"Felt sick": Indigenous people outraged over Pope receiving traditional headdress (VIDEOS)

Jul 26 2022, 3:22 pm

The Indian Residential Schools Crisis Line (1-866-925-4419) is available 24 hours a day for those experiencing pain, distress, or trauma as a result of their residential school experience. More information can be found here.


Pope Francis received a traditional headdress after his historic apology for the church’s hand in the residential school system in Canada, and Indigenous people are outraged.

The Pope delivered the long-awaited apology on Monday during a visit to the site of the former Ermineskin Residential School in Maskwacis, Alberta.

“I have come to your native lands to tell you in person of my sorrow, to implore god’s forgiveness, healing, and reconciliation,” said Pope Francis, addressing the crowd in Spanish.

He received the traditional headdress from Chief Wilton Littlechild, a member of the Ermineskin Cree Nation, former commissioner for Canada’s Truth and Reconciliation Commission, and residential school survivor.

The pontiff donned the headdress for a brief moment and didn’t address the crowd.

The image of Pope Francis wearing the traditional headdress elicited a strong reaction from the Indigenous community in Canada and around the world.

Many took to social media to share their anger and disappointment.

“Immediately felt sick seeing the Pope in a headdress,” tweeted @sharensworld.

“Seeing the pope in a headdress is one of the most f**ked up things I’ve ever seen in my life,” tweeted @cedarsageskoden.

@nikitaelyse I hope it has bugs lol #indigenoustiktok #nativetiktok ♬ Tell me something that will piss me off – Artimus Wolz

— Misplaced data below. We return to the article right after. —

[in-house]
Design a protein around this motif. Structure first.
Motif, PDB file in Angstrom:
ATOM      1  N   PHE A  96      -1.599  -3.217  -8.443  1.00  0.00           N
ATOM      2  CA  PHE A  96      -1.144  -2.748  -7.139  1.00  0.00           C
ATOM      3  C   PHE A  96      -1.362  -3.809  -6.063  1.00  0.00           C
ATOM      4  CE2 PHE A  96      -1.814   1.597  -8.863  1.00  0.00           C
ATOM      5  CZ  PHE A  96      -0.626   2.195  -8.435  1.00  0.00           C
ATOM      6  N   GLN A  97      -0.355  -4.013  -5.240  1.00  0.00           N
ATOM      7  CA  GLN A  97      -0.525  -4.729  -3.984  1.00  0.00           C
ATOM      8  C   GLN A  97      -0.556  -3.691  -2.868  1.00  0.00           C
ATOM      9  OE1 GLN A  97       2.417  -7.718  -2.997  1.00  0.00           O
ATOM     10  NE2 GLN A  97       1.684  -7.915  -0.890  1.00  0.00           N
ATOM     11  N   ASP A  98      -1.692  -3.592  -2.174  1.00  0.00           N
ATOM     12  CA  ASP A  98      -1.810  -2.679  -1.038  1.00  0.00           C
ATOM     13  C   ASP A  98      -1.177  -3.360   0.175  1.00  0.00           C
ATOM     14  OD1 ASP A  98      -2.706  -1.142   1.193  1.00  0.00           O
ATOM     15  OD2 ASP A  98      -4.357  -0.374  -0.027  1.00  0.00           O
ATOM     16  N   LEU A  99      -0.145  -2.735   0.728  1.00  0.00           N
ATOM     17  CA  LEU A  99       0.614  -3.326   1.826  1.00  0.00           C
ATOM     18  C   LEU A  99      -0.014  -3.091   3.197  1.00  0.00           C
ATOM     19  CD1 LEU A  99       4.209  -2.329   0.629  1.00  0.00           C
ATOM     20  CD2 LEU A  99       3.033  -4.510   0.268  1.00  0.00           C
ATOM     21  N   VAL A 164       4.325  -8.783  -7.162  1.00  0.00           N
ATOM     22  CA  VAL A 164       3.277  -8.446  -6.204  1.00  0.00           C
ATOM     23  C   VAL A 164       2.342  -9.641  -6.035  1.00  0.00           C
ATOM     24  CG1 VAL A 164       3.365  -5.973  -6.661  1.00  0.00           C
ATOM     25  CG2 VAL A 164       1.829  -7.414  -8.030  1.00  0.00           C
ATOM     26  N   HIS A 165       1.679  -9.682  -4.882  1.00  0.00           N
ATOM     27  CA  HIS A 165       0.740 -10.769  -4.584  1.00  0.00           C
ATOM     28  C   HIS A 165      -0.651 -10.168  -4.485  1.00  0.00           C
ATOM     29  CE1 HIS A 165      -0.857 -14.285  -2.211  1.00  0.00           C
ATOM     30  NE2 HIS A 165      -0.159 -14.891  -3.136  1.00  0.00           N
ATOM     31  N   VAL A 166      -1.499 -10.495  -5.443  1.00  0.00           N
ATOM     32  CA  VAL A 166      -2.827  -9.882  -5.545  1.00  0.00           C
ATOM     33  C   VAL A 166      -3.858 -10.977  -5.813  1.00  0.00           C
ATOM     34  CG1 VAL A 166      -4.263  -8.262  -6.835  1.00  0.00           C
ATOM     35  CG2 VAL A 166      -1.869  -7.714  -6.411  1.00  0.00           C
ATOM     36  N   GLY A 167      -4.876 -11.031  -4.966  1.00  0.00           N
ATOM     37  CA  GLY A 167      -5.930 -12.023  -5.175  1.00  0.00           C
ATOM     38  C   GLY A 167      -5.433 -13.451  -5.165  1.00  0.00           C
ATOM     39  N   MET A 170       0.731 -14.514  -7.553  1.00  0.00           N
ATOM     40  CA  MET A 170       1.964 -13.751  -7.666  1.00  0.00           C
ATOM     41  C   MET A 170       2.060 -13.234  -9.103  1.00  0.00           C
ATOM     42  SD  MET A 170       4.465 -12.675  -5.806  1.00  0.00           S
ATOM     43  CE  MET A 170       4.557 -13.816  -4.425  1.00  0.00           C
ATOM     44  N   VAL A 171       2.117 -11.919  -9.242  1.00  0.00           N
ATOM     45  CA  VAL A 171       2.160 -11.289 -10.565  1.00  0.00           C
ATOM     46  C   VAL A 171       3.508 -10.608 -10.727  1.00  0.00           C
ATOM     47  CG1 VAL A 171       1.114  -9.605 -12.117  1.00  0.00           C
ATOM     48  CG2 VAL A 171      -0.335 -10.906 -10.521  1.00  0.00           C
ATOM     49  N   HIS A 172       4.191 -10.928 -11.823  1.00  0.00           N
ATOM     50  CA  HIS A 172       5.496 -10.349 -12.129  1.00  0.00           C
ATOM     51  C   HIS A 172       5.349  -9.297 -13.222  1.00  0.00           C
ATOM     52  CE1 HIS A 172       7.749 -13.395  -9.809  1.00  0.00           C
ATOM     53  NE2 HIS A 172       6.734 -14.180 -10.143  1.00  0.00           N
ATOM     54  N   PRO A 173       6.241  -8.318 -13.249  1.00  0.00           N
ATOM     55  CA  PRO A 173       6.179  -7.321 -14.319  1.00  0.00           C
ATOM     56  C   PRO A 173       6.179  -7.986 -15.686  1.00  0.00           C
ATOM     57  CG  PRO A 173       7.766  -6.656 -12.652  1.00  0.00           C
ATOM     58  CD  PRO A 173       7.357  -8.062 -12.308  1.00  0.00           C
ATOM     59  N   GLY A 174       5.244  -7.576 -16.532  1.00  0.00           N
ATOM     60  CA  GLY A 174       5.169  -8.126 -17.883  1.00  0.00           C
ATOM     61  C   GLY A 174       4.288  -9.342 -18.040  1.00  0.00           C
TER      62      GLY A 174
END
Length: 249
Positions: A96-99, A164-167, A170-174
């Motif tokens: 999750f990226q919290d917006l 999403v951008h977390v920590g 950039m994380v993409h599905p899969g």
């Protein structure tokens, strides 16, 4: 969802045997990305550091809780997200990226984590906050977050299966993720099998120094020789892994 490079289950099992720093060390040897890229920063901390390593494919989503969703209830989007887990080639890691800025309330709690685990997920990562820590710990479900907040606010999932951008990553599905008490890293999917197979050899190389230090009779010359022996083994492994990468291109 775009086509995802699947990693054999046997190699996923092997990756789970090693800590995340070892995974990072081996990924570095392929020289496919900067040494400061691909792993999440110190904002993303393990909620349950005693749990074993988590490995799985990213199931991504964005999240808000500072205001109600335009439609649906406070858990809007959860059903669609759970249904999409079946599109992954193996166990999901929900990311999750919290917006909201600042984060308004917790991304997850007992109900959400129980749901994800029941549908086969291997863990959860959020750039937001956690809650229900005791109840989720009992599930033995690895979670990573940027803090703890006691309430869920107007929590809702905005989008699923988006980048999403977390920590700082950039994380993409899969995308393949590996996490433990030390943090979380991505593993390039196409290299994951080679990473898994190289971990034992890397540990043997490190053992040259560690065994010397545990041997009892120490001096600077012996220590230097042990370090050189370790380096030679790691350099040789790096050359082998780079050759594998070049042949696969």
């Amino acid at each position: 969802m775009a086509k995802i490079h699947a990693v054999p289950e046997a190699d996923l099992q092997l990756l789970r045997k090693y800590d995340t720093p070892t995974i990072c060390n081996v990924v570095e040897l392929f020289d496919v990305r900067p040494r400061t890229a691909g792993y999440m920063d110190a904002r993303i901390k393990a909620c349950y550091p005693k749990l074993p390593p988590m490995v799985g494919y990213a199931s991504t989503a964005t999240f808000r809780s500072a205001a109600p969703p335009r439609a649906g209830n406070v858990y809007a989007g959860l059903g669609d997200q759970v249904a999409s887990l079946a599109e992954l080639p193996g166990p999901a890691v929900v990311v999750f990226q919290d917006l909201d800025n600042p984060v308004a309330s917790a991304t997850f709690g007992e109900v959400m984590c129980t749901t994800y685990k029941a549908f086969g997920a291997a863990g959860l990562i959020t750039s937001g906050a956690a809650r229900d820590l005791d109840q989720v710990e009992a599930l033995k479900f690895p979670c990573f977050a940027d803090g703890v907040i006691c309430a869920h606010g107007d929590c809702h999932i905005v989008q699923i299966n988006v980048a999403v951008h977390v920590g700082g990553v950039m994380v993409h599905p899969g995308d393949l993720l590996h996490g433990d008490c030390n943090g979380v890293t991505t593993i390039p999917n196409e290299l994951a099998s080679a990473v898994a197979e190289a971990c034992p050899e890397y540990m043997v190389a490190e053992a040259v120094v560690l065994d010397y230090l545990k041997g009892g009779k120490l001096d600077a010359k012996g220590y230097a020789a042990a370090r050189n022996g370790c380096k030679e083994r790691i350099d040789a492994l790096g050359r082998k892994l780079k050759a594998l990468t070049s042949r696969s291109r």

Many say Pope Francis isn’t worthy of a headdress, which are traditionally given as gifts that come with immense responsibility.

“A headdress has to be earned,” tweeted Christian Big Eagle. “The Pope is head of an organization that raped and murdered Indigenous children.”

For context, Twitter user @emilyjaneriddle explained a little bit about the Cree’s gifting protocol.

“I don’t know how I feel about the Pope receiving a headdress, but you have to know that gifting/protocol for nehiyawak isn’t only about the recipient, it’s about the person giving the gift wanting to open the mind of the person receiving it. It places two people in relationship,” she explained.

Still, others pointed out the unbalanced nature of the apology and questioned whether the headdress would be treated with respect.

“The Pope gets a headdress but my dad’s residential school records are missing? This relationship will never be reciprocal!” tweeted @sparkleplentys.

Pope Francis’ trip marks the fourth papal visit to Canada in almost 40 years and comes after an April apology he delivered before Indigenous delegates for the Catholic Church’s role in the harm caused by residential schools.

During his six-day visit, the Pope will also visit Quebec and Nunavut.

With files from Daily Hive Edmonton reporter Laine Mitchell. 

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